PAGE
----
Nitric Oxide Therapy Helps Some Premature Infants, Nov 17, 2006

One of the biggest problems in treating premature infants is that their tiny lungs simply aren't developed enough to nourish their bodies and brains with the oxygen they need.

Because of this, many premature infants end up on mechanical ventilation to assist their breathing. And two new studies suggest that adding nitric oxide to that ventilator therapy may reduce the risk of serious breathing problems and prevent brain injury in at least some premature infants.

"This is a very simple intervention -- blending a gas with the breathing machine -- that can have long-term benefits," said one of the studies' authors, Dr. Steven Abman. He is a professor of pulmonary medicine at the University of Colorado School of Medicine's Pediatric Heart Lung Center, and The Children's Hospital, in Denver.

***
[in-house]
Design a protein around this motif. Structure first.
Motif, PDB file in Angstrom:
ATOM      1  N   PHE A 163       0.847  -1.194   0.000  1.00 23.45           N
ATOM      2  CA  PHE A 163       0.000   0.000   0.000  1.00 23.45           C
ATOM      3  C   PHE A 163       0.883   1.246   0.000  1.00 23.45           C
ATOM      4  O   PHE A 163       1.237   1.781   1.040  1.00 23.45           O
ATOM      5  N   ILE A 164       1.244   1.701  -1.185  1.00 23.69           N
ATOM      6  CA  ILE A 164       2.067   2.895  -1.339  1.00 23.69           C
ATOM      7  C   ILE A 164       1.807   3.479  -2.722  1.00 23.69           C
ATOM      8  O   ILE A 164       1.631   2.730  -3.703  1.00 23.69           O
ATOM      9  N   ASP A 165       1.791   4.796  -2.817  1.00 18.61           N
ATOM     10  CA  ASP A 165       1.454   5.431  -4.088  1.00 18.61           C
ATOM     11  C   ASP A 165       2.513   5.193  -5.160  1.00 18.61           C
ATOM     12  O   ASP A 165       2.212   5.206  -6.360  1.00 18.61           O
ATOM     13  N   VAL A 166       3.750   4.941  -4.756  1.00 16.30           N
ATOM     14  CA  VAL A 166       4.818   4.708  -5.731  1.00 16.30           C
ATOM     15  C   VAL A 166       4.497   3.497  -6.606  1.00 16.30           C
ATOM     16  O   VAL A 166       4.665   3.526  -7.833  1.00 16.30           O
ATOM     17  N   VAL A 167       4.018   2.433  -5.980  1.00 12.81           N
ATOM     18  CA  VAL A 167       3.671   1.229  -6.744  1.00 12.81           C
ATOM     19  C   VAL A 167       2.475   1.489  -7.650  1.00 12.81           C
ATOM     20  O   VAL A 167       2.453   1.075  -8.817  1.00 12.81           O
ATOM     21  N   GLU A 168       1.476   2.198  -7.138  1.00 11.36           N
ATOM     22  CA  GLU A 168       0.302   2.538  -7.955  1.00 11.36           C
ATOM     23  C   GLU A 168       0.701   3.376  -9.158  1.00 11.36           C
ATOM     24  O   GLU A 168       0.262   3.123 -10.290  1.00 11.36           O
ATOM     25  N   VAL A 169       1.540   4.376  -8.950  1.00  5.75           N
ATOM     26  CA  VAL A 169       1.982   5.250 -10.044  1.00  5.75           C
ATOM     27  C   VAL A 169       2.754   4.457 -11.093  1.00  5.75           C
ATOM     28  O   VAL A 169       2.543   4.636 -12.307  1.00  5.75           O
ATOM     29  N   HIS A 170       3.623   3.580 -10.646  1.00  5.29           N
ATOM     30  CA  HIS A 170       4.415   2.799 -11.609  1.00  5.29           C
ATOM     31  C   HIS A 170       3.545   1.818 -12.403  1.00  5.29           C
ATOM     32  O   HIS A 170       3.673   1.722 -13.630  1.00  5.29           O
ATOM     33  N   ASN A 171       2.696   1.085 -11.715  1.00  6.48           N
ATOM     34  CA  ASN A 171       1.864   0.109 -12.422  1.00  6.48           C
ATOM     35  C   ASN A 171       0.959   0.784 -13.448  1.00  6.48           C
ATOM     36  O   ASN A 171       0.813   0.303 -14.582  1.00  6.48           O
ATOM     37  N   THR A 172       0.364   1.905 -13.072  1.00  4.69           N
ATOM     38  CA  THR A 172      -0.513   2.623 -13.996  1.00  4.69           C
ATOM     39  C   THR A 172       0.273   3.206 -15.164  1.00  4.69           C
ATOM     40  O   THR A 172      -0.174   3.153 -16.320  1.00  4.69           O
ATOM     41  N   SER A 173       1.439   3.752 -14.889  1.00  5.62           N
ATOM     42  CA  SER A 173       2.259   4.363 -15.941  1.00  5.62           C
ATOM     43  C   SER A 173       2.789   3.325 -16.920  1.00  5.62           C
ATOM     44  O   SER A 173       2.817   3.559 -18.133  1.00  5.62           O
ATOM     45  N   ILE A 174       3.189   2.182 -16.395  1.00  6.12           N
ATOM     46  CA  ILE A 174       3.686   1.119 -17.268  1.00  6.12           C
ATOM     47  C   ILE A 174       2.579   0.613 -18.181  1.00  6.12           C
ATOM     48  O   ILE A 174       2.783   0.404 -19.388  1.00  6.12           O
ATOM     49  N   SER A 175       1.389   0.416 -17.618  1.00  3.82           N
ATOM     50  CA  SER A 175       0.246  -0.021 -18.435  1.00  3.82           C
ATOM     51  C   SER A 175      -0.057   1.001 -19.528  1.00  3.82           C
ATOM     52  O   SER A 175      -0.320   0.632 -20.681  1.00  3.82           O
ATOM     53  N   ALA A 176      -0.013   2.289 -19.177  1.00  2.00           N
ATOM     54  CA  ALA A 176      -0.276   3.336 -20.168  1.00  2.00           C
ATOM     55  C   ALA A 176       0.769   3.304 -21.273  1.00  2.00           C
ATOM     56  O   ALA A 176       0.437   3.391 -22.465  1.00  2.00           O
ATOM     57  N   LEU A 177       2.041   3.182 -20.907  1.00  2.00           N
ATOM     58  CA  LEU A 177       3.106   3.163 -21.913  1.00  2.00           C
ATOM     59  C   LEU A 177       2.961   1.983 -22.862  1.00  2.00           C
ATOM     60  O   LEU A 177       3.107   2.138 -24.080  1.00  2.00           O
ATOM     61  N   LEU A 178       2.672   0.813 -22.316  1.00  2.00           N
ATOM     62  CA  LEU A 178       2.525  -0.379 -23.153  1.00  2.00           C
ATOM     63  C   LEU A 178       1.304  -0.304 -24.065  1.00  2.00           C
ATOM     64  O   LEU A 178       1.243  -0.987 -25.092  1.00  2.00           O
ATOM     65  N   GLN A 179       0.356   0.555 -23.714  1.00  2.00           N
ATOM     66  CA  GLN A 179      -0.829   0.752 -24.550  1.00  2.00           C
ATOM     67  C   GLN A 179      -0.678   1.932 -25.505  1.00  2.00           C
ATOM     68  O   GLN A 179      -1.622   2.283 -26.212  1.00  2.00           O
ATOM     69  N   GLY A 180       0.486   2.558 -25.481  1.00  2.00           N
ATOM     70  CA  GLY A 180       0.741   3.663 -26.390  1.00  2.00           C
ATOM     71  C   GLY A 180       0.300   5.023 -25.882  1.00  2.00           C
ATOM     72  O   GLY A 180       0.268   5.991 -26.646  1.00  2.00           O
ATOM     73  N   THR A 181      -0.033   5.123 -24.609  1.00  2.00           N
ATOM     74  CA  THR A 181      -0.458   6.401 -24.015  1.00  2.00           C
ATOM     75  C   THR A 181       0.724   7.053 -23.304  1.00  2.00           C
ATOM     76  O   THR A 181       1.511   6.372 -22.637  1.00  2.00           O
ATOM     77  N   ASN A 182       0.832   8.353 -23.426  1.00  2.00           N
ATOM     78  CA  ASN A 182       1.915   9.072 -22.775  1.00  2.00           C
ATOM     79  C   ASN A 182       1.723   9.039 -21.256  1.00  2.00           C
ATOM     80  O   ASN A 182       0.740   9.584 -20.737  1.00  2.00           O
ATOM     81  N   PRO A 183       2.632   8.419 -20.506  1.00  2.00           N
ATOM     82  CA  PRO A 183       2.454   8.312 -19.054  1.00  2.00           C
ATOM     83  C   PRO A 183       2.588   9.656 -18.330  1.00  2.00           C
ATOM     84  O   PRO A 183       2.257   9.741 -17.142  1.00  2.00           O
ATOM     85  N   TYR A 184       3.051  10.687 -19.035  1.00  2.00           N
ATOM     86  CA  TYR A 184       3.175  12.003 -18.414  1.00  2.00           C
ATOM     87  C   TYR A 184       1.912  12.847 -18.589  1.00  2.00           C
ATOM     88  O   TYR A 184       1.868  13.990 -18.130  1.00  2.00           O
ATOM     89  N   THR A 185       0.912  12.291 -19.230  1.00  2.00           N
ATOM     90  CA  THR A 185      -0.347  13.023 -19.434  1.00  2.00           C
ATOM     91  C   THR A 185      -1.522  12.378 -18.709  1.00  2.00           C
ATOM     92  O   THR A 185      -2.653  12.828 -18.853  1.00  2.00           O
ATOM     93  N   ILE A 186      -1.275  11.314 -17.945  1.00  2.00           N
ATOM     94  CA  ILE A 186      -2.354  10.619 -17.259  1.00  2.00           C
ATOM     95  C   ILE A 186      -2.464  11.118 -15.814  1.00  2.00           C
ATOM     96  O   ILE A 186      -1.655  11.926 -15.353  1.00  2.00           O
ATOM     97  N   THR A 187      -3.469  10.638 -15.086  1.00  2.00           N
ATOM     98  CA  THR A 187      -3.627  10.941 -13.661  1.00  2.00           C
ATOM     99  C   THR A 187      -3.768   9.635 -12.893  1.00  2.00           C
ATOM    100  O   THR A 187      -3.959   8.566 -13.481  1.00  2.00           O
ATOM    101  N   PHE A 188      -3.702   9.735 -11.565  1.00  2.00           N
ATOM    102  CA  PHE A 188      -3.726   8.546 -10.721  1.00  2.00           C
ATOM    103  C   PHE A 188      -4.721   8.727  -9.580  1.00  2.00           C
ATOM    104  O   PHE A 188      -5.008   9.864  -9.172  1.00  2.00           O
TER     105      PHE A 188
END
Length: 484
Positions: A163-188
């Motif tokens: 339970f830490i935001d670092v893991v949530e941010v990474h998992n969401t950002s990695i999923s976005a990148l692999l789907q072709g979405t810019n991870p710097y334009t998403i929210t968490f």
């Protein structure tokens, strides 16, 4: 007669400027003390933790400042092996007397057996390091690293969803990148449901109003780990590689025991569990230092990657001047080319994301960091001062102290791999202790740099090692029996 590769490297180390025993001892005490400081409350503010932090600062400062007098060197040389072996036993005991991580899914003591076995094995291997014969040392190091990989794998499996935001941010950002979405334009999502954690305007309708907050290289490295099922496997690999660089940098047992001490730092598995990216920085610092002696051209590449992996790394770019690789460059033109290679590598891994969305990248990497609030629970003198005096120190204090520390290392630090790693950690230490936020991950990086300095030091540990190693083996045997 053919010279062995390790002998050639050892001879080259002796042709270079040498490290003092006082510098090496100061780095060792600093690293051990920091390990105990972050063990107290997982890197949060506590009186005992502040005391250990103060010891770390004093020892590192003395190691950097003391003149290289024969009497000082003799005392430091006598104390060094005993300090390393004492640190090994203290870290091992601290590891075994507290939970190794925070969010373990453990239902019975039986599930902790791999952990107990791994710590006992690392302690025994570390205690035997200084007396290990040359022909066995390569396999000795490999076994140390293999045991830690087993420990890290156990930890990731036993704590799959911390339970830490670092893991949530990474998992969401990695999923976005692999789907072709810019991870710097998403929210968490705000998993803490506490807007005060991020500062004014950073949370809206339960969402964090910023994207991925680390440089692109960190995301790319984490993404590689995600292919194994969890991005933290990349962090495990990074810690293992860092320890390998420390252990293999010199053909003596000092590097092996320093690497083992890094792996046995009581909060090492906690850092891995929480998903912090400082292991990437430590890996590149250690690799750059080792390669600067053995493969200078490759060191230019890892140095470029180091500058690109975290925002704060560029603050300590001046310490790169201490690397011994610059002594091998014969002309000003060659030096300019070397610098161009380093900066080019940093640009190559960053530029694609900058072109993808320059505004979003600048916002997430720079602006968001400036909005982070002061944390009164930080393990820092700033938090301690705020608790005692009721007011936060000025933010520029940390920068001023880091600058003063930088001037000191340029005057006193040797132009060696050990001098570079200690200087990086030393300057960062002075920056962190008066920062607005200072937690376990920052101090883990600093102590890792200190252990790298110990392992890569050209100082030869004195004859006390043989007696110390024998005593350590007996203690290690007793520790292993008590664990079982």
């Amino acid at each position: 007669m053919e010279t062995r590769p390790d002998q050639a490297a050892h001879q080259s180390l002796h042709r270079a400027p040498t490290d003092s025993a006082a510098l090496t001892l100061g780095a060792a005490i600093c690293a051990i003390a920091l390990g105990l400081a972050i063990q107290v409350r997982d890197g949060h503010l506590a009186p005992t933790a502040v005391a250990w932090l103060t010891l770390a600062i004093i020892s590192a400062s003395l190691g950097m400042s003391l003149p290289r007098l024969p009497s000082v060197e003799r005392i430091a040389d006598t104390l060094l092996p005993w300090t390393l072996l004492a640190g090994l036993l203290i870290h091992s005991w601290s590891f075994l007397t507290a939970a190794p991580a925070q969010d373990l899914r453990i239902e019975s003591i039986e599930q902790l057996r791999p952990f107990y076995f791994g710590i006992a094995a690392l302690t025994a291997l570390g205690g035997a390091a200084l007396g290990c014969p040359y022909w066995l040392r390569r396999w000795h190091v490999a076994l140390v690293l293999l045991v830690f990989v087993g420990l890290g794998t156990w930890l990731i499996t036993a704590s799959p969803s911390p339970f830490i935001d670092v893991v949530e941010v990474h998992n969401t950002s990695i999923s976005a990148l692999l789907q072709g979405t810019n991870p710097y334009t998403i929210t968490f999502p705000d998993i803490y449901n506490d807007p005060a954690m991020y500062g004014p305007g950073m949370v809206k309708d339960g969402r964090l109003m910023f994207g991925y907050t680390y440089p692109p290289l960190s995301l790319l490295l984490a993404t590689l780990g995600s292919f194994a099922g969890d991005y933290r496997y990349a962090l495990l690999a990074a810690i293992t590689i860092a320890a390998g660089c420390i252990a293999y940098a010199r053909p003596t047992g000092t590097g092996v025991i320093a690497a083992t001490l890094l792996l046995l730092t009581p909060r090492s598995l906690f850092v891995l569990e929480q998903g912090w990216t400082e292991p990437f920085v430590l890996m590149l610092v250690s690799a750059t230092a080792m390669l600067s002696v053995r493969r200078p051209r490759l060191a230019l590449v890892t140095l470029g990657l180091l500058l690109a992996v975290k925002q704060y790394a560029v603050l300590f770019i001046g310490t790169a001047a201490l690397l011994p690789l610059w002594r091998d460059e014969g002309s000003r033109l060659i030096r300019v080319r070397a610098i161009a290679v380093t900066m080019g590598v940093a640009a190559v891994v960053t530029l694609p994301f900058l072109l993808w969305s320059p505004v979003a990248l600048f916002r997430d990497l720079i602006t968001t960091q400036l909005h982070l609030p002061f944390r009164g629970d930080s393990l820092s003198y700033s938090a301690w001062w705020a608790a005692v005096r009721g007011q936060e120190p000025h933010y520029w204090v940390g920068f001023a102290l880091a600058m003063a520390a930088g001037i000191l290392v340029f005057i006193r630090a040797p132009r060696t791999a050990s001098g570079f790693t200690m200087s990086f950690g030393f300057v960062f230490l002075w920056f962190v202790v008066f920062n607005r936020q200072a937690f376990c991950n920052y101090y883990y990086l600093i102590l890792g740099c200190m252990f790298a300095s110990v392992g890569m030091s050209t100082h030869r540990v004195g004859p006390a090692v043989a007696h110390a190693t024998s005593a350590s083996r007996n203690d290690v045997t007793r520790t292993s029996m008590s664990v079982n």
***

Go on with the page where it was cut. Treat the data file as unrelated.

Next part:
Those benefits include reducing the risk of a common complication called bronchopulmonary dysplasia (BPD). This lung disease occurs when babies are on mechanical ventilators for long periods or are given high levels of extra oxygen. About 10,000 babies in the United States develop BPD each year. BPD increases the risk of long-term lung problems, high blood pressure in the lungs and neurodevelopmental disorders, such as cerebral palsy and learning problems, according to the National Institutes of Health. Read more at

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